Programming Interview Question - Merge Intervals

This post will explore the solutions to the question #4 of the famous website cakeinreview (here the link).

Programming Interview Question - Merge Intervals - Problem Statement

Given a list of pair of integers return a list of merged or condensed intervals.

Given for instance the following input list

your solution should return:

Your function should take care of corner cases like merging two intervals like the following $(0,1),(1,2)$ in $(0,2)$. Give a $O(n^2)$ solution first. Then try to solve it in $O(nlog(n))$.

Merge Intervals Problem - Solution 1; $O(n^2)$
What properties two interval have to have in order to be merged together into one? In order $(a,b)$ and $(c,d)$  to be merged together the following has to hold:

$(a \leq c \; \wedge \; b \geq c ) \; \wedge \; (a \geq c \; \wedge \; a \leq d )$

which basically tests if $(a,b)$ is partially or completely contained into $(c,d)$.
Given that, it is easy to write a quadratic function. We start with an empty list of merged intervals. Then for each interval from the input we check whether we can merge it with one of the already merged intervals. If we can, we simply update the interval otherwise, we insert that interval in the list of merged ones.

Now the question is, when we agreed on the fact that $(a,b)$ and $(c,d)$ can be merged, how this is gonna happen? We take the minimum from the left parts of the intervals and the maximum from the right parts i.e.$merge (a,b),(c,d) = (min(a,c),max(b,d))$.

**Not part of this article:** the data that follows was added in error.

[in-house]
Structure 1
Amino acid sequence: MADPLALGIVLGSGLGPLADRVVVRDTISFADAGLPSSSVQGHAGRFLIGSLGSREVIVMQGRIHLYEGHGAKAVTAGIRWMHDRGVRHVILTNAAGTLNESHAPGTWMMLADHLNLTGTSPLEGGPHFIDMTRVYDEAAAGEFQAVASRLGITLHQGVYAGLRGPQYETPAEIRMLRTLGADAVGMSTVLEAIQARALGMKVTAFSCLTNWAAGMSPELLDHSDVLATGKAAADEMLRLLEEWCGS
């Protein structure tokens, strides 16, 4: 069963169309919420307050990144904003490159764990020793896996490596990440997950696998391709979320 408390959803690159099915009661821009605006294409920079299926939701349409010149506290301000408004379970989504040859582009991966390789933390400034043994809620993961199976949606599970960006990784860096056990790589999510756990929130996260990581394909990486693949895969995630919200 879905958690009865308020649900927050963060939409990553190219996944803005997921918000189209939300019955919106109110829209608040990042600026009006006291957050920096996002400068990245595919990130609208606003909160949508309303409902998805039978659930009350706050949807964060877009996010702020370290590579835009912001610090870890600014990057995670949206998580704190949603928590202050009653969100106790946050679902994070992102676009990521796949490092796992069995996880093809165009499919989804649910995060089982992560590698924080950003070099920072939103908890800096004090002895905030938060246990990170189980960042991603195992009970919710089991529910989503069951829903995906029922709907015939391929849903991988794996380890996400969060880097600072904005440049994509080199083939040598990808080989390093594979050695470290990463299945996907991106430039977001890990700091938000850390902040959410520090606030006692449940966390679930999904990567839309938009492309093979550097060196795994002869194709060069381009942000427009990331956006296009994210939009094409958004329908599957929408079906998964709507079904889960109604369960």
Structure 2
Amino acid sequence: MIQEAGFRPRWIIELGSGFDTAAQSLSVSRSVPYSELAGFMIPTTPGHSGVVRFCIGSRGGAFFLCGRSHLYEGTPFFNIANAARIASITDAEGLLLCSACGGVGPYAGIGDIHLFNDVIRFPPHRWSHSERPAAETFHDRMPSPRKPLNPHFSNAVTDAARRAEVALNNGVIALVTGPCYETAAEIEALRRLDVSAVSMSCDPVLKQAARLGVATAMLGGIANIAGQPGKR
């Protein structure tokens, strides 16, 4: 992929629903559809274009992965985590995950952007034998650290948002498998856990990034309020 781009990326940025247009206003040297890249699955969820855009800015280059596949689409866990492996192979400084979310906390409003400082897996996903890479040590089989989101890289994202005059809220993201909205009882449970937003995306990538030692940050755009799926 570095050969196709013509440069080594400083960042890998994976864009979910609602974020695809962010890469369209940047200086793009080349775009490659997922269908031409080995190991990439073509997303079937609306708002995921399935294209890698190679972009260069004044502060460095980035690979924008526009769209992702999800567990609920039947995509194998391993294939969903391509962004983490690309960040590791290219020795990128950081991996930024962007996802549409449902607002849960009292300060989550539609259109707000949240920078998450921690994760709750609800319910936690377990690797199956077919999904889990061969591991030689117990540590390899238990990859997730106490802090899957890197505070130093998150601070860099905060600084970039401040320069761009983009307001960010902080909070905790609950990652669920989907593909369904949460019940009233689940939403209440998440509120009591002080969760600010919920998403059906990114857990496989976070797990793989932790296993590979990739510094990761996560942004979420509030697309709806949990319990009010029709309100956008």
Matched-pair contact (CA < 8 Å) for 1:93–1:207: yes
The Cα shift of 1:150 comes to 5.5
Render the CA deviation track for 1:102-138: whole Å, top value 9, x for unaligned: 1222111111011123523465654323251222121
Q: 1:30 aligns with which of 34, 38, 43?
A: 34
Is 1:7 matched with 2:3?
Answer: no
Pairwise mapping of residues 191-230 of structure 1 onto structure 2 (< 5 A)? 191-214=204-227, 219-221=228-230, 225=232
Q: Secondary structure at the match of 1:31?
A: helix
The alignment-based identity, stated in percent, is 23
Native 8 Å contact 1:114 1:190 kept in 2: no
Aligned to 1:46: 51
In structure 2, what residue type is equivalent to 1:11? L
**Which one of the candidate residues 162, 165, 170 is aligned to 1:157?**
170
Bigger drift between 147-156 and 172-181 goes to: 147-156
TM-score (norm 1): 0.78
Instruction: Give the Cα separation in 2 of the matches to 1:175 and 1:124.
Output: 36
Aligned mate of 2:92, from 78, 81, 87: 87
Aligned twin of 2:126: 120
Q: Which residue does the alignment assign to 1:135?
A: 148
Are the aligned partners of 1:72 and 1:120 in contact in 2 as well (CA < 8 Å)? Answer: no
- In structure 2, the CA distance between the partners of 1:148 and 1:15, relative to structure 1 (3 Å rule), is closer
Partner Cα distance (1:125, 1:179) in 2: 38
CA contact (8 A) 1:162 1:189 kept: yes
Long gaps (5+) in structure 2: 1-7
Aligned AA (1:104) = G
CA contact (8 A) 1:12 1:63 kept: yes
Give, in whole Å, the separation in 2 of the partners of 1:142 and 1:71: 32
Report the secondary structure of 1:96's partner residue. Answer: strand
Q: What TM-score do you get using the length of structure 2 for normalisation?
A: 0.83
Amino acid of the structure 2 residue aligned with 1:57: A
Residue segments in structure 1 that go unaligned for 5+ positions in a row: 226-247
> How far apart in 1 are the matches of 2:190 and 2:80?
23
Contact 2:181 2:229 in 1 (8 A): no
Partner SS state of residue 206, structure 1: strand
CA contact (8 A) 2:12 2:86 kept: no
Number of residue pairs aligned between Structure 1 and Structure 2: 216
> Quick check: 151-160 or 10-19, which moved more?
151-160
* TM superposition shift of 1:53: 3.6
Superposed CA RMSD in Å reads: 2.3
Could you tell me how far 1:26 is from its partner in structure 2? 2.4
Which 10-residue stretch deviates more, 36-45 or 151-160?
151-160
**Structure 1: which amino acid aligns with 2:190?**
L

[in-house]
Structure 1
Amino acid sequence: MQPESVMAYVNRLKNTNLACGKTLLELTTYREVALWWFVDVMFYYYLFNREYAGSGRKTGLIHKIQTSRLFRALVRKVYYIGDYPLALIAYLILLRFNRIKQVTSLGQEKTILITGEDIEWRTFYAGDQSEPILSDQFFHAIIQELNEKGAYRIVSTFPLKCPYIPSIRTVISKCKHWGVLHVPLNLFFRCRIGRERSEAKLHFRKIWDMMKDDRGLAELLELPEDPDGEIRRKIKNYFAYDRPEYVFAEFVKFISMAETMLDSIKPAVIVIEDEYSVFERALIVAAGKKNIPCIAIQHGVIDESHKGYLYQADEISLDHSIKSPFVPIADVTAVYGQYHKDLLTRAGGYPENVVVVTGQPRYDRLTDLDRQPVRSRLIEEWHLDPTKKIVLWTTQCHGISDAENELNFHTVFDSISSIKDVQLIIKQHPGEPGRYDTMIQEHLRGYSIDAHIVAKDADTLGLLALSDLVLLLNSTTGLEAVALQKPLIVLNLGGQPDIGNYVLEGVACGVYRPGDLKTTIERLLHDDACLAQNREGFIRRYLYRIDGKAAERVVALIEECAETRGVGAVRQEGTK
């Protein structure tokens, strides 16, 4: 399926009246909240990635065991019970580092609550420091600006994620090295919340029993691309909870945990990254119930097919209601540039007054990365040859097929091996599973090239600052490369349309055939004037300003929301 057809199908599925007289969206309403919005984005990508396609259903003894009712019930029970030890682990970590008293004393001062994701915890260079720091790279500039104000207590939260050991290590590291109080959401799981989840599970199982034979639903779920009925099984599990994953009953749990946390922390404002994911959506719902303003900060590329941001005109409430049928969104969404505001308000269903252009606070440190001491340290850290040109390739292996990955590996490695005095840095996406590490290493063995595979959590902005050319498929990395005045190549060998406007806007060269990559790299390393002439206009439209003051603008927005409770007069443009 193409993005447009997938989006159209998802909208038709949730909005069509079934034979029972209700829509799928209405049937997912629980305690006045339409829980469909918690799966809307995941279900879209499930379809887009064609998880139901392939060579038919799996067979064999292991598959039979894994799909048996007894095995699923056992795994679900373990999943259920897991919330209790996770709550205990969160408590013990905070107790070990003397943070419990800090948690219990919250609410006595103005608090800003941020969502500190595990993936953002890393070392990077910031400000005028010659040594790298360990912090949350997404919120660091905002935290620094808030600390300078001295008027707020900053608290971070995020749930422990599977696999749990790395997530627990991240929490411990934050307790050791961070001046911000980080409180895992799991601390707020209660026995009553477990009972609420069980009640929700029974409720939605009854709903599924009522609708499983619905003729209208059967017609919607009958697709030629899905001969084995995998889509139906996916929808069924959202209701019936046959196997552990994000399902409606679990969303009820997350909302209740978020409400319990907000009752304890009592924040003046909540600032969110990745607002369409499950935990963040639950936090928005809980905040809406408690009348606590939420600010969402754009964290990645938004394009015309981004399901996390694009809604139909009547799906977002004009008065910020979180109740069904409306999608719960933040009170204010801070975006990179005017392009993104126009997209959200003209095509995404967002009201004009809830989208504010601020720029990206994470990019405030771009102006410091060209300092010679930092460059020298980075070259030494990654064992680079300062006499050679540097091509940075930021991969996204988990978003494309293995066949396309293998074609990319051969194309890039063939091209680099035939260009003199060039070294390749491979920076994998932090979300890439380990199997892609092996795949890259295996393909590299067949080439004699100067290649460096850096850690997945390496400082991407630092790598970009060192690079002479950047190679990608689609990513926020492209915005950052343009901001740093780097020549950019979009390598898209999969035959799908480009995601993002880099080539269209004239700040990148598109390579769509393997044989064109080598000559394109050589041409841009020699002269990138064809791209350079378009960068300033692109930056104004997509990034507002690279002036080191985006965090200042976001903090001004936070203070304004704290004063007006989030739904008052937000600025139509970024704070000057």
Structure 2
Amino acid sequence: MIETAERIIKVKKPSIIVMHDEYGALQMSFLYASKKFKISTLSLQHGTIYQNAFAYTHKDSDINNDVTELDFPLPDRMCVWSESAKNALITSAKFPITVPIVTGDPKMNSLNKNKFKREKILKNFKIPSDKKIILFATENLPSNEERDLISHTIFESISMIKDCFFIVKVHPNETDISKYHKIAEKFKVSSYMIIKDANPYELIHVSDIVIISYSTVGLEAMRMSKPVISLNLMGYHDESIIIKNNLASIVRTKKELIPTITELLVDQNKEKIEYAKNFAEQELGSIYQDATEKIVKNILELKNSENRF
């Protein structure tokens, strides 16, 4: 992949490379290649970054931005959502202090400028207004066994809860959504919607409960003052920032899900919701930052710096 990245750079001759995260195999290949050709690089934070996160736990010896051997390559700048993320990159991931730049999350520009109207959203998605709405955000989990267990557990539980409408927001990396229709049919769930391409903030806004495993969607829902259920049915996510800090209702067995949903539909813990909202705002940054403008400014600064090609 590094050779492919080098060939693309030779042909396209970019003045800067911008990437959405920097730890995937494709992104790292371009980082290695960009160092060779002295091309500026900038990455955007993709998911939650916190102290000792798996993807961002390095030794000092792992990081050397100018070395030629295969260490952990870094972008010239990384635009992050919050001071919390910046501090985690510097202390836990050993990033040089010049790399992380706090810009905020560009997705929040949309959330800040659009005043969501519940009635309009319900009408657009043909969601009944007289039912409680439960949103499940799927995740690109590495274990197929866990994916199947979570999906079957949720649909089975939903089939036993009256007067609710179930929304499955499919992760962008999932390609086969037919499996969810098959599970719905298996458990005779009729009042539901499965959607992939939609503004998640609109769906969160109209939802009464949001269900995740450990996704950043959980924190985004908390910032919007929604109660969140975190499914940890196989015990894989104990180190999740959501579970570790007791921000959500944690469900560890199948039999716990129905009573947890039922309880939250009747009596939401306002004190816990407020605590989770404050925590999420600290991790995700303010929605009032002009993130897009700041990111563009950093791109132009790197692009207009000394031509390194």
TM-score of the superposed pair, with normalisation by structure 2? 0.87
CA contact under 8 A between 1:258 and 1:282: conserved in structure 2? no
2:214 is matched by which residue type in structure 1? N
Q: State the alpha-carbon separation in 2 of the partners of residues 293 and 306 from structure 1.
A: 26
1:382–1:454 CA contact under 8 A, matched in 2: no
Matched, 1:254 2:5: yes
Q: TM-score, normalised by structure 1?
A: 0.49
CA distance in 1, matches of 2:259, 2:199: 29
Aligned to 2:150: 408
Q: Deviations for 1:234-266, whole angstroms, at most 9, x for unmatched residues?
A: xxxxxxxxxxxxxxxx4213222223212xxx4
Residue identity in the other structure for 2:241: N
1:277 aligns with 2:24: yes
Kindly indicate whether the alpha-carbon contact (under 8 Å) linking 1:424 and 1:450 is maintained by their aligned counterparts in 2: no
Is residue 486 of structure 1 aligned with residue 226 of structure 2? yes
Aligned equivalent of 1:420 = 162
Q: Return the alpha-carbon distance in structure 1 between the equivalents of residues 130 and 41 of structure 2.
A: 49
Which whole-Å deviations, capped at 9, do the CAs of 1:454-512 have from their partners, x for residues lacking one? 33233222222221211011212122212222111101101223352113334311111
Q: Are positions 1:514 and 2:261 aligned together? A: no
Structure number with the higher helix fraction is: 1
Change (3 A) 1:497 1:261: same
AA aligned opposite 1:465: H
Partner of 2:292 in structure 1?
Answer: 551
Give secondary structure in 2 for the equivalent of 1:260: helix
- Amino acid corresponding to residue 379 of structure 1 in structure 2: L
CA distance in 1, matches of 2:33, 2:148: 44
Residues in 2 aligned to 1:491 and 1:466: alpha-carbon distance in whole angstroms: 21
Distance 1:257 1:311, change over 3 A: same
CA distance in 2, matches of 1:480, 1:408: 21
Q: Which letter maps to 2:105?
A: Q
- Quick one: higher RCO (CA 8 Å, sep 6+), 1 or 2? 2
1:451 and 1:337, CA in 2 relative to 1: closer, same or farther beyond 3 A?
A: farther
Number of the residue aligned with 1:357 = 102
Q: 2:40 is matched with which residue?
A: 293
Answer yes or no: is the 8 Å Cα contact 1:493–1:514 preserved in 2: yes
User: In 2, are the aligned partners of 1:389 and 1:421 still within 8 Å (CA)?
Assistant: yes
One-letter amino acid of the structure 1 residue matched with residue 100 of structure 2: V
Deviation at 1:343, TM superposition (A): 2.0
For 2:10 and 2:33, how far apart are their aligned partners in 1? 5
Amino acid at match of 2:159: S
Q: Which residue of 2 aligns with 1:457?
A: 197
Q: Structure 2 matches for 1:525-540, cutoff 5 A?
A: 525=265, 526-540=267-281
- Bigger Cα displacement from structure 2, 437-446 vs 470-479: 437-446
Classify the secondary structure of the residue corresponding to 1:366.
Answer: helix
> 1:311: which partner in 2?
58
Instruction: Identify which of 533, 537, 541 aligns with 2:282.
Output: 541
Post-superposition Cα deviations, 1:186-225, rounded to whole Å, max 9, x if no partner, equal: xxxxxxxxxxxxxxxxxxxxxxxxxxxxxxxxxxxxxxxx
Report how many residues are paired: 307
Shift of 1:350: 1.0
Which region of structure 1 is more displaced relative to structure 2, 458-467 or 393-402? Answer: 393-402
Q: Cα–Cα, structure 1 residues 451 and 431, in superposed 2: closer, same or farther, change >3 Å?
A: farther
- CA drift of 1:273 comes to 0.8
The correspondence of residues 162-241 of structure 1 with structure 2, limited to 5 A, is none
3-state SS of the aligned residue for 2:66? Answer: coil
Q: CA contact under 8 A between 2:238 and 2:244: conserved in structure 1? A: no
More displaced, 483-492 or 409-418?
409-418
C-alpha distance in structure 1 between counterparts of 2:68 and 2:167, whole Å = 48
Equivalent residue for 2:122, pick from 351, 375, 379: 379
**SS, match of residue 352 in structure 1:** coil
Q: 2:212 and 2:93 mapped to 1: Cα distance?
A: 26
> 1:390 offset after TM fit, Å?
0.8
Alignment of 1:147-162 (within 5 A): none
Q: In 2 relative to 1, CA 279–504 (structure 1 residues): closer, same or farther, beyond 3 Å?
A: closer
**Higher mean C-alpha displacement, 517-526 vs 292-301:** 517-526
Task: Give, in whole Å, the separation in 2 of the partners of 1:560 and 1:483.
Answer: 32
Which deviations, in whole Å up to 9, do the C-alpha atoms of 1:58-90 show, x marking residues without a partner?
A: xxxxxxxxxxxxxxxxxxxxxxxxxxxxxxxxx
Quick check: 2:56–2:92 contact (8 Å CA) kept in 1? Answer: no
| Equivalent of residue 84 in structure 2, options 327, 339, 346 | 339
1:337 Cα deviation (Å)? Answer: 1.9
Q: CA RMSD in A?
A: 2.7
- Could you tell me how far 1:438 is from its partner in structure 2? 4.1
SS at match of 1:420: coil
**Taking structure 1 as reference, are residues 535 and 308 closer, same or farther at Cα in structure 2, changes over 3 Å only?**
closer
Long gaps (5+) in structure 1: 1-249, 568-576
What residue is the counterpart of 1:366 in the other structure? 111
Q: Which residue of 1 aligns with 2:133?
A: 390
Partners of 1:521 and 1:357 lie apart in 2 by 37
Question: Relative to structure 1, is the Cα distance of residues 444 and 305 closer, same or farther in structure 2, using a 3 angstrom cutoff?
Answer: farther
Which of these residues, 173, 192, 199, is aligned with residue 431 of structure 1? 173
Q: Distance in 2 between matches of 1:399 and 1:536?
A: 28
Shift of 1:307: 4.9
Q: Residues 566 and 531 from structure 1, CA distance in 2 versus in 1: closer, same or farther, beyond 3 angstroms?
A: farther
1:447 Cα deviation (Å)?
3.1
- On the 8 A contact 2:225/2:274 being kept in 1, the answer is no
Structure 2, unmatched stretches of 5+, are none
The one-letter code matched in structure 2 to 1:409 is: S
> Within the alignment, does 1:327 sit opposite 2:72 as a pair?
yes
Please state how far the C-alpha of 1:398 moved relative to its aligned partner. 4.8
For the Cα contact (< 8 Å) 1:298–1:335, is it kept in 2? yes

The complexity of this approach is quadratic because the worst case is when no intervals will be merged and we end up with a number of iteration equals to $1+2+3+4 +\ldots +n$.

Best case is $O(n)$ is when all the intervals can be merged into one.

Here the code for the quadratic version


auto canupdate = [](const pair<int, int> p, const pair<int,int> p1){
return
(p.first <= p1.first && p.second >= p1.first) ||
(p.first>= p1.first && p.first <= p1.second);

};
//complexity is quadratic we can do better (nlgn)
vector<pair<int,int>> mergeSlots(vector<pair<int, int>> slots){
vector<pair<int,int>> cond;

for( auto p : slots){
bool update = false;

for(int i=0 ; i < cond.size(); ++i){
if(canupdate(p,cond[i])){
cond[i].first = min(cond[i].first,p.first);
cond[i].second = max(cond[i].second,p.second);
update = true;
}

}

if(!update)
cond.push_back(p);

}
return cond;
}



Merge Intervals Problem - Solution 2; $O(nlog(n))$
What if we sort the intervals by the left part first?
This will sort the list such that mergeable intervals will be one after the other. We start inserting the first element in the final list, and then for all the other intervals we simply check whether it can be mergeable with the head of the result list. If not we insert the interval in the result and keep going until all the input intervals are examined. The complexity of this phase is linear but the overall complexity of this approach is dominated by the sorting phase.

This allows us to write the following $O(nlog(n))$ solution.


auto canupdate = [](const pair<int, int> p, const pair<int,int> p1){
return
(p.first <= p1.first && p.second >= p1.first) ||
(p.first>= p1.first && p.first <= p1.second);

};

vector<pair<int,int>> mergeSlots2(vector<pair<int, int>> slots){
vector<pair<int,int>> cond;

std::sort(slots.begin() , slots.end() ,
[](const auto& p, const auto& p1)
{return p.first < p1.first || (p.first <= p1.first && p.second < p1.second);});

int i=1;
cond.push_back(slots[0]);
for( ; i < slots.size() ; i++){
auto p = slots[i];
bool update = false;

if(canupdate(p,cond.back())){
cond.back().first = min(cond.back().first,p.first);
cond.back().second = max(cond.back().second,p.second);
update = true;
}

if(!update)
cond.push_back(p);

}
return cond;
}



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